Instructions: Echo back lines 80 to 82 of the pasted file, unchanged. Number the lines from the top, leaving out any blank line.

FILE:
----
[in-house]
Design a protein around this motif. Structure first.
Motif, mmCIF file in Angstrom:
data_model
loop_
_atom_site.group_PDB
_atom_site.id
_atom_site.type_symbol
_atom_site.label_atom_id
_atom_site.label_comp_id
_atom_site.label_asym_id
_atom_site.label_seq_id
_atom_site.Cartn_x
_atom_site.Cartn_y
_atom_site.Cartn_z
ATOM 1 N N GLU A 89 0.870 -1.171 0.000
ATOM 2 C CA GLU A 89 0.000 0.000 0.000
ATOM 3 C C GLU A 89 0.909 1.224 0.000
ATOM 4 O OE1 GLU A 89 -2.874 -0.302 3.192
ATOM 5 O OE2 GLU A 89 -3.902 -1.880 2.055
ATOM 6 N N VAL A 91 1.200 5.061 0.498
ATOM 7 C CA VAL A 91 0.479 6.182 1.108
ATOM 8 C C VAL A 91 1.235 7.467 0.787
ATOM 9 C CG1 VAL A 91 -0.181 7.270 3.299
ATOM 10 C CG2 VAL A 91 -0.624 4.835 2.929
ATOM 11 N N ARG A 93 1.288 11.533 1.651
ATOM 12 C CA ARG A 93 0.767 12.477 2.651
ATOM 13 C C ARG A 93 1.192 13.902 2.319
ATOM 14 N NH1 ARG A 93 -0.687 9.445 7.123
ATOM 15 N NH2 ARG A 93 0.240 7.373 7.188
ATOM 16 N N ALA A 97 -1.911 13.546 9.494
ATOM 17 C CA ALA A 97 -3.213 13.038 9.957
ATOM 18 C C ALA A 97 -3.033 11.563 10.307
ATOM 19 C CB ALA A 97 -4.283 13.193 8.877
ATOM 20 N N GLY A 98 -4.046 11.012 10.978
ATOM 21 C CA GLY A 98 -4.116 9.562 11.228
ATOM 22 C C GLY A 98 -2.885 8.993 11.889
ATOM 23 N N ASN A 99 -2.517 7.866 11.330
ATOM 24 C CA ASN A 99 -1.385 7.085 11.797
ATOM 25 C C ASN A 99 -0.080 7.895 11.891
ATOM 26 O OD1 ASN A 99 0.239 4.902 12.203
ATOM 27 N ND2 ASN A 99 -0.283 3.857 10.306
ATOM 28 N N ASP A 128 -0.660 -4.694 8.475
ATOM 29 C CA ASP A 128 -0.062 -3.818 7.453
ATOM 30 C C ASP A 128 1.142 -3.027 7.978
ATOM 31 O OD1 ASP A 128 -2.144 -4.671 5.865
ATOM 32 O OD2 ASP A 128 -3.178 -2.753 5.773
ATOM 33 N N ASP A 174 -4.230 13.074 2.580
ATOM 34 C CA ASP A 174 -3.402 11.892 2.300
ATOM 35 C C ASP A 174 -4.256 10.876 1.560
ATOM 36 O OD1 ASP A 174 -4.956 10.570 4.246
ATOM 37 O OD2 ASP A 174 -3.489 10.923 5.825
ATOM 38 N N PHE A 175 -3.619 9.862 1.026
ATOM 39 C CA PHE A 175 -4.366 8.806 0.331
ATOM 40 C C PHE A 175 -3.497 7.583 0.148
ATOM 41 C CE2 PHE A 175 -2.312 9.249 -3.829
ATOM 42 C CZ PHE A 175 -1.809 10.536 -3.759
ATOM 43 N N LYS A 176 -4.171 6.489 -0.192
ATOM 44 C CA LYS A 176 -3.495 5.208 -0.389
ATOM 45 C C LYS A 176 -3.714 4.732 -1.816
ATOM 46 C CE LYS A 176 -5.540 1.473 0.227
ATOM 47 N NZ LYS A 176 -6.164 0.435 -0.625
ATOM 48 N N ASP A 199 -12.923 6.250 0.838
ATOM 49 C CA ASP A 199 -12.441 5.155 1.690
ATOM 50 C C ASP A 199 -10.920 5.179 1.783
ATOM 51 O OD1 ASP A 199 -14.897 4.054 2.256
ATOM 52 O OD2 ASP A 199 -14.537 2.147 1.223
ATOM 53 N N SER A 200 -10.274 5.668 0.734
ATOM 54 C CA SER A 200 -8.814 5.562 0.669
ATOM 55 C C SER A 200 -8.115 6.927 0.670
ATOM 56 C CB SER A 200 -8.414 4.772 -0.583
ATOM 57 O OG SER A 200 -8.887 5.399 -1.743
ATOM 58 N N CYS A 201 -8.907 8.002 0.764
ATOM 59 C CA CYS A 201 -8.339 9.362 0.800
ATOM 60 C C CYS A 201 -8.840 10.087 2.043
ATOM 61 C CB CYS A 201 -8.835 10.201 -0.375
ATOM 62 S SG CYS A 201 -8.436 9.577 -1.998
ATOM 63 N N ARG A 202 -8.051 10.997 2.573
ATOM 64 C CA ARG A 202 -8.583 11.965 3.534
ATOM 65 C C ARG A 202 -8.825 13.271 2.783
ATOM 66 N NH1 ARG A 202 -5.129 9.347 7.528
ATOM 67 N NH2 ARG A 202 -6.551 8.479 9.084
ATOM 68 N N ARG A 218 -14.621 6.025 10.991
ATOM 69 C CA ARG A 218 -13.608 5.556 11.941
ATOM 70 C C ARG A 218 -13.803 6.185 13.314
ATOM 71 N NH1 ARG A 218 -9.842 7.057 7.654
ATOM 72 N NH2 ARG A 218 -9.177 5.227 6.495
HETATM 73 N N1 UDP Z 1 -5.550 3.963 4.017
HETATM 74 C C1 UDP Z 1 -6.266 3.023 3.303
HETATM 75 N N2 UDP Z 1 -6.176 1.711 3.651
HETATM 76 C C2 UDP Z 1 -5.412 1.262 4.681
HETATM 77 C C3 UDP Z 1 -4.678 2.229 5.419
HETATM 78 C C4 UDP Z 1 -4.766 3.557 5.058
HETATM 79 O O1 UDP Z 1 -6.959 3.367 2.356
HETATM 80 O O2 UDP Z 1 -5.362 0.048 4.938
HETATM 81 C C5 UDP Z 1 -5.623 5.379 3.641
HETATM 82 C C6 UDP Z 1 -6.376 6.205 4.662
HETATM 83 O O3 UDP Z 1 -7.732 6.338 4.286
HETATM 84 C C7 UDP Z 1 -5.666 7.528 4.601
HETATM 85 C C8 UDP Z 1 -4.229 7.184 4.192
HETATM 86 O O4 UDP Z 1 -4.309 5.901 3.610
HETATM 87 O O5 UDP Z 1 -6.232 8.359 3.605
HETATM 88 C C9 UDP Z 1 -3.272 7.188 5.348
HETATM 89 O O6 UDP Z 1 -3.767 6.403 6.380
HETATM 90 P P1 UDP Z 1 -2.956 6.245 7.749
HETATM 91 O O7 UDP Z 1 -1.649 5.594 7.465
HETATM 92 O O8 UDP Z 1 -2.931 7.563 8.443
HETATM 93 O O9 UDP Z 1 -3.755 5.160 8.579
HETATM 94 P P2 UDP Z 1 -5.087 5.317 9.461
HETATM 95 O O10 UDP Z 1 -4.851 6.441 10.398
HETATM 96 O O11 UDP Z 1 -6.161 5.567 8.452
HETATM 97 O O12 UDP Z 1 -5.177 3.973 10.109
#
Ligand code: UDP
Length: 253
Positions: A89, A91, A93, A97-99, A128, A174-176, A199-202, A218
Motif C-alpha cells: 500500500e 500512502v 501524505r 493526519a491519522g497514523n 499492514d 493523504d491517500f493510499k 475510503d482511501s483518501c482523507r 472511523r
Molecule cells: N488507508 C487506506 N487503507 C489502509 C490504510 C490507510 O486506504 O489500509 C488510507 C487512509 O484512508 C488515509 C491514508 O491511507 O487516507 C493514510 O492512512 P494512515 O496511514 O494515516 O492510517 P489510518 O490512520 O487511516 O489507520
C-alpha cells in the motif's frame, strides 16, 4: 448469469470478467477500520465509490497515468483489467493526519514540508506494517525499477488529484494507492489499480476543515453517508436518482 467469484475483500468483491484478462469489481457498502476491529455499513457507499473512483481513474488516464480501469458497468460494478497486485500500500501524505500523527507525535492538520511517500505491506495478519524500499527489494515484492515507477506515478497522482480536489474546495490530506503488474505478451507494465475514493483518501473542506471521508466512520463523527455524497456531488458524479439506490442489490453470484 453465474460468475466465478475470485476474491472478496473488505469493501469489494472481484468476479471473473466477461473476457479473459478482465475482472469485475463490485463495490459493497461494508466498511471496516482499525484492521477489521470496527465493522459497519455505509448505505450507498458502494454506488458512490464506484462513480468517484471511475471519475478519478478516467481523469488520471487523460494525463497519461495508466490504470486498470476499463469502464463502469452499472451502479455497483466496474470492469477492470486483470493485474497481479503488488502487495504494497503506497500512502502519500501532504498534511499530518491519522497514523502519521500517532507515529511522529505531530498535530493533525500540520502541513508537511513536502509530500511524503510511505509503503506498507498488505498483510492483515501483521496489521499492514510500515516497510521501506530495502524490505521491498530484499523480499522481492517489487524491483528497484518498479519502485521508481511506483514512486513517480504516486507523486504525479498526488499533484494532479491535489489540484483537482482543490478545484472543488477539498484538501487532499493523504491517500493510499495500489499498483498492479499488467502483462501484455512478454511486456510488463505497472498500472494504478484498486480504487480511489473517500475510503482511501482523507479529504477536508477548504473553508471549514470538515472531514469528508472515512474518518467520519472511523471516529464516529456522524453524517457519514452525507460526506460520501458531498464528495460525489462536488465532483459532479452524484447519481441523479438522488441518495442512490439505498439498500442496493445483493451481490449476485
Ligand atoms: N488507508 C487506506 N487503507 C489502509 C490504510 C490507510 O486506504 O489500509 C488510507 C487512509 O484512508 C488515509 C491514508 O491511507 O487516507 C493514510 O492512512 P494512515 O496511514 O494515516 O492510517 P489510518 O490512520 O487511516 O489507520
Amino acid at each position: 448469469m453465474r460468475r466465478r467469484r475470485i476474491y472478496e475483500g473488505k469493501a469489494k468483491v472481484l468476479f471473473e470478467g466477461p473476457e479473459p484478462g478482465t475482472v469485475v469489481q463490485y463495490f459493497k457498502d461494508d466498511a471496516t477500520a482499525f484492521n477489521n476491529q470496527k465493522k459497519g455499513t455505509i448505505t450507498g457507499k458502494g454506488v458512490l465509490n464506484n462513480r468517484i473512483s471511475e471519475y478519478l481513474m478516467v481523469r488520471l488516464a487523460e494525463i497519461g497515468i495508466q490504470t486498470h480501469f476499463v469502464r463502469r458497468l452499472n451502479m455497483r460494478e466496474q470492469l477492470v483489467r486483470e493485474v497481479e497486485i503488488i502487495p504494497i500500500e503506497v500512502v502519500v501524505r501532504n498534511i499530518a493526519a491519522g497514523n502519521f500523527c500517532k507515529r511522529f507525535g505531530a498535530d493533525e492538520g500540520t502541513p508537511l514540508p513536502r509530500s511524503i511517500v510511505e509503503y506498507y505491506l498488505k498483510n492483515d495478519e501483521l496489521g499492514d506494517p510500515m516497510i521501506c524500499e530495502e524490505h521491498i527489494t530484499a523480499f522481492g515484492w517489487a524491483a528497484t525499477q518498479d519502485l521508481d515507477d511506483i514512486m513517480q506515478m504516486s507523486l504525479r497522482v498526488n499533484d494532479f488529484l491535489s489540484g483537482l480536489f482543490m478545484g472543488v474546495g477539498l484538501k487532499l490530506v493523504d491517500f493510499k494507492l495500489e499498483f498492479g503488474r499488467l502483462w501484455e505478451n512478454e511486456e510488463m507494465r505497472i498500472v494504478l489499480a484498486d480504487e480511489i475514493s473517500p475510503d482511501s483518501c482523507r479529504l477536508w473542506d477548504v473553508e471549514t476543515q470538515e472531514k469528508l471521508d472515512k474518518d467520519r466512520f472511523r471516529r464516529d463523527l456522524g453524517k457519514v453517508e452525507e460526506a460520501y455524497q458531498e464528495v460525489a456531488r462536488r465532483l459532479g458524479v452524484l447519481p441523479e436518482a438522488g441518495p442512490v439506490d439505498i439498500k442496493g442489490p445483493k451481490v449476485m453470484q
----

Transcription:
ATOM 65 C C ARG A 202 -8.825 13.271 2.783
ATOM 66 N NH1 ARG A 202 -5.129 9.347 7.528
ATOM 67 N NH2 ARG A 202 -6.551 8.479 9.084